left and right with the right stick. Use yaw control to keep the
Shark Quad pointed away from the pilot at all times
2. Focus on maintaining specific altitudes and maintaining control
at all times with slow, controlled flight -- not speed.
3. Practice take offs and landings from forward flight, focusing
on deliberate, measured control inputs. Before moving on, you
should know how to balance throttle demands to maintain
altitude and consistent speed during flight and you should be
able to descend slowly under control to make a soft landing at
any time during the flight, before moving to the next step.
4.Always keep your finger near the disarm button in case you lose
control.
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FIRST FPV FLIGHTS
Now it’s time to don the goggles and start flying FPV (or First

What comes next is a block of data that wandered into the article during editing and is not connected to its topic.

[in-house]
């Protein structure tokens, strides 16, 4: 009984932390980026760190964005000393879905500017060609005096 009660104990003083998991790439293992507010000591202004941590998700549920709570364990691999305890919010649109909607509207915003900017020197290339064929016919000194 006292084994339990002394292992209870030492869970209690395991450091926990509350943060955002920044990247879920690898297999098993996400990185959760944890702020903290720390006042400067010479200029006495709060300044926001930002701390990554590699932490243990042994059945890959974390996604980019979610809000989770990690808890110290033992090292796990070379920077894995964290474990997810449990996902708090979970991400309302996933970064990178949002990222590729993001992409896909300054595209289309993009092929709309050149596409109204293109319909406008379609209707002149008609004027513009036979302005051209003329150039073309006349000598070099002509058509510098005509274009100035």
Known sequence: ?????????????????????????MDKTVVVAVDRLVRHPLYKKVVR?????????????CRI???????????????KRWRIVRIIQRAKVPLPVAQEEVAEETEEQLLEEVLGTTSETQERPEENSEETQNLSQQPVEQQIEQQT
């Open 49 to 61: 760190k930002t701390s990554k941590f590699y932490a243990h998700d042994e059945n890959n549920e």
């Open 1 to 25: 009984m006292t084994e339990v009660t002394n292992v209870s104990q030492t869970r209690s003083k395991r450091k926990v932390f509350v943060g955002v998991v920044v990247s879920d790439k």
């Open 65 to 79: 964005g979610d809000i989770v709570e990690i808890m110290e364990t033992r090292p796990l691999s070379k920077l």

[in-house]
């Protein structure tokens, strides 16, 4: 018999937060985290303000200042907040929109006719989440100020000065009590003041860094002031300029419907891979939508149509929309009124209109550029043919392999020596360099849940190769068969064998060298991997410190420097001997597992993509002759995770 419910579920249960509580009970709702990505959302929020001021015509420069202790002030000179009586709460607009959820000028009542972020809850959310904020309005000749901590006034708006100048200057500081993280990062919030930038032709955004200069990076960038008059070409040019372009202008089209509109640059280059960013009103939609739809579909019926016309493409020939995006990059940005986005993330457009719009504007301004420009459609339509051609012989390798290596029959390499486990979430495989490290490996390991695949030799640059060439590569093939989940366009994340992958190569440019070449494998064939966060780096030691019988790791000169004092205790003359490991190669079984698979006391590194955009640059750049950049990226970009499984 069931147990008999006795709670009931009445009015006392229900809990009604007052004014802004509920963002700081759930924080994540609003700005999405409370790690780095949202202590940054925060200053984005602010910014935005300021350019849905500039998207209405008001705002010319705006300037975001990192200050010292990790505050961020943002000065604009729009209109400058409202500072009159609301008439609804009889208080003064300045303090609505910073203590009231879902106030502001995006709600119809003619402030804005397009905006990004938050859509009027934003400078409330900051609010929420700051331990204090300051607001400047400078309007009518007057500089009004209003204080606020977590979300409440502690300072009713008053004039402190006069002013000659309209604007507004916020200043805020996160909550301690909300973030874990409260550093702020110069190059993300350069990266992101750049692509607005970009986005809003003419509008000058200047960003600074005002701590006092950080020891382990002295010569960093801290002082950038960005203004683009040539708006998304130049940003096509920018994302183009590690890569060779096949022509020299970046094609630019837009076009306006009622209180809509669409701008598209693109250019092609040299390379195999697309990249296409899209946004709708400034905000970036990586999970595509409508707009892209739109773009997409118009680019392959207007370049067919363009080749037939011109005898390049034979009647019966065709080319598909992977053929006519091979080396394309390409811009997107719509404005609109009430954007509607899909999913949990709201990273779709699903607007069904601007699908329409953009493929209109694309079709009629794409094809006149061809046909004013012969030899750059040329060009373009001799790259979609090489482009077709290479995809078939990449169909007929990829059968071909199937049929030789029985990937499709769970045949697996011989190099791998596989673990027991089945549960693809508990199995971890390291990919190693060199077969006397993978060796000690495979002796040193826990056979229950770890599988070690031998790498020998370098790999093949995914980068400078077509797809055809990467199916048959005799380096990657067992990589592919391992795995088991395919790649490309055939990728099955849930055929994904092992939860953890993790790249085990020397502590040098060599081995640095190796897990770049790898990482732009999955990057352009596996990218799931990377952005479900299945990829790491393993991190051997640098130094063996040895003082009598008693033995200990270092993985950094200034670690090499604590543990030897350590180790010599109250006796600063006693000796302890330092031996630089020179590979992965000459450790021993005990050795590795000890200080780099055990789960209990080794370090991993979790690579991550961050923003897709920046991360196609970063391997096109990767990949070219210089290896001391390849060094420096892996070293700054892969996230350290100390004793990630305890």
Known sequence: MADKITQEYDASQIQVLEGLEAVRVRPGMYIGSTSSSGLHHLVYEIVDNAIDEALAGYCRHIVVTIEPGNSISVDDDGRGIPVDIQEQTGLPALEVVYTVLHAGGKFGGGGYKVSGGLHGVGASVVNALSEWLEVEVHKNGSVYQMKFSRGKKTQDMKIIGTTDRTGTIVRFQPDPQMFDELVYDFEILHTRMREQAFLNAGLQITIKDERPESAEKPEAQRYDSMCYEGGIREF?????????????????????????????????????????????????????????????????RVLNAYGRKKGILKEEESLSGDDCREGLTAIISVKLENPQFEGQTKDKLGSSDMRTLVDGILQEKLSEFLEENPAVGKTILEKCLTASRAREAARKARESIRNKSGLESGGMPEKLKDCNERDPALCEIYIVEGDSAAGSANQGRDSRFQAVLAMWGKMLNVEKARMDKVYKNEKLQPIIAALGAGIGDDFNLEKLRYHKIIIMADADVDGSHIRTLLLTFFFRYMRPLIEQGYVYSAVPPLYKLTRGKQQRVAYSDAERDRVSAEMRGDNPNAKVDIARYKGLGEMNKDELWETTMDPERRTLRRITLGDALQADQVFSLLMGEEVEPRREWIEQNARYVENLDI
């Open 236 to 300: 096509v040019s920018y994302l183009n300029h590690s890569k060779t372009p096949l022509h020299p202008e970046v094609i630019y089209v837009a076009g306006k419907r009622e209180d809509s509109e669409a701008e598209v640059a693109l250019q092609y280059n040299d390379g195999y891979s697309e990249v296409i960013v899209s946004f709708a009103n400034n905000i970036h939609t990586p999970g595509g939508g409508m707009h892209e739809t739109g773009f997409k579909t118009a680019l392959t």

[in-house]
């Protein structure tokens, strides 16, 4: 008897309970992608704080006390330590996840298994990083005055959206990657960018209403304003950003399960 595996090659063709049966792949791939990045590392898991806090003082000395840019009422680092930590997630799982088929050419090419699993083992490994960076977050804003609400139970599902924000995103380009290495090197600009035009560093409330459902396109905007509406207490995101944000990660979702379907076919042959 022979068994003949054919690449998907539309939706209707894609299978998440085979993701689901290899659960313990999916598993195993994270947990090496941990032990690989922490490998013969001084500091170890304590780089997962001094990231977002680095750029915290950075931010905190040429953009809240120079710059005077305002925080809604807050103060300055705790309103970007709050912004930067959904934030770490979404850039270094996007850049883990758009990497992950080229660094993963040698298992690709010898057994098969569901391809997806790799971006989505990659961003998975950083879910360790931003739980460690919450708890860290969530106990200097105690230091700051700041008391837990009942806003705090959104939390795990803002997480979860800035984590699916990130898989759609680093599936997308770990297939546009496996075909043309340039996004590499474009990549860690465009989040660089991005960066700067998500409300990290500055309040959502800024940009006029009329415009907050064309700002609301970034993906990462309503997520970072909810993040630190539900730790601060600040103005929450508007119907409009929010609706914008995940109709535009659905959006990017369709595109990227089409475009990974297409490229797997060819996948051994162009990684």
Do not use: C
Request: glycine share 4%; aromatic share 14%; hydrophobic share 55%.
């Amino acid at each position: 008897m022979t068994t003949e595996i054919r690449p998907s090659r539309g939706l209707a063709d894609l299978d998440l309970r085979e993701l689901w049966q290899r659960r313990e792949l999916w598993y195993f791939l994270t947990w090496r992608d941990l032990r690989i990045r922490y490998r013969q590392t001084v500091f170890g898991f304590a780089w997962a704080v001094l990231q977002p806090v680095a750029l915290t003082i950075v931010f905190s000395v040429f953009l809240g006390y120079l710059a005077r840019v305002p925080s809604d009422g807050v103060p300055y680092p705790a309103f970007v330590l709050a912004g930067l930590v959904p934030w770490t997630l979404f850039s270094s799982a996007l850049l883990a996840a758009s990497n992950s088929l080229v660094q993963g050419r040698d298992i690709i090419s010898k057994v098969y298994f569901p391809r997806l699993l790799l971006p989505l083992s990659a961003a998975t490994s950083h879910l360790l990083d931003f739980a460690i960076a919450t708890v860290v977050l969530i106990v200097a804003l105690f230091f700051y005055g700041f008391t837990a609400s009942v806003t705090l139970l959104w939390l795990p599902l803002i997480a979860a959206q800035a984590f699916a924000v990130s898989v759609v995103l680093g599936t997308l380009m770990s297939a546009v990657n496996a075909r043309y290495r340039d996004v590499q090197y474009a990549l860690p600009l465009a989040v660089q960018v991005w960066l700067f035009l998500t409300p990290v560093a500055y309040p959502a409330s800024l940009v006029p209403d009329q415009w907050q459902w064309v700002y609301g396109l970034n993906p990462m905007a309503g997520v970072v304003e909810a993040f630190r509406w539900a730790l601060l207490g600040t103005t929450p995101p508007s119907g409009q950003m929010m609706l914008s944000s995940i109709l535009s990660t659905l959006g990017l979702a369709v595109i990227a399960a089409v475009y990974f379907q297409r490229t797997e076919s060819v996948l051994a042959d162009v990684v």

Person View). Many pilots find flying in FPV easier because yaw
simply changes the view on the goggles and forward, back, left and
right move relative to that view. Either way, it’s important to take
your time to learn basic movements (above) before you begin this
section.
Step 1: Short Hops and Yaw Control
Step 2: Longer Hops
First FPV flights while wearing the goggles should concentrate
Now try making the same flights over a longer distance.
on simple takeoffs and landings between two fixed points with
minimal yaw movement.
1.
six feet apart and directly in front of one another in a line with
Power the headset on first, and check the band for other users
IMPORTANT: Wait for other pilots to land before powering on.
The transmitter will output a video signal which could impair
another user’s video reception and cause a crash. Only select video
2.
sticks; do not jam the controls to the limits. The controls will
slow down and land under control in the other gate.
Put on the goggles and ensure that you are receiving a strong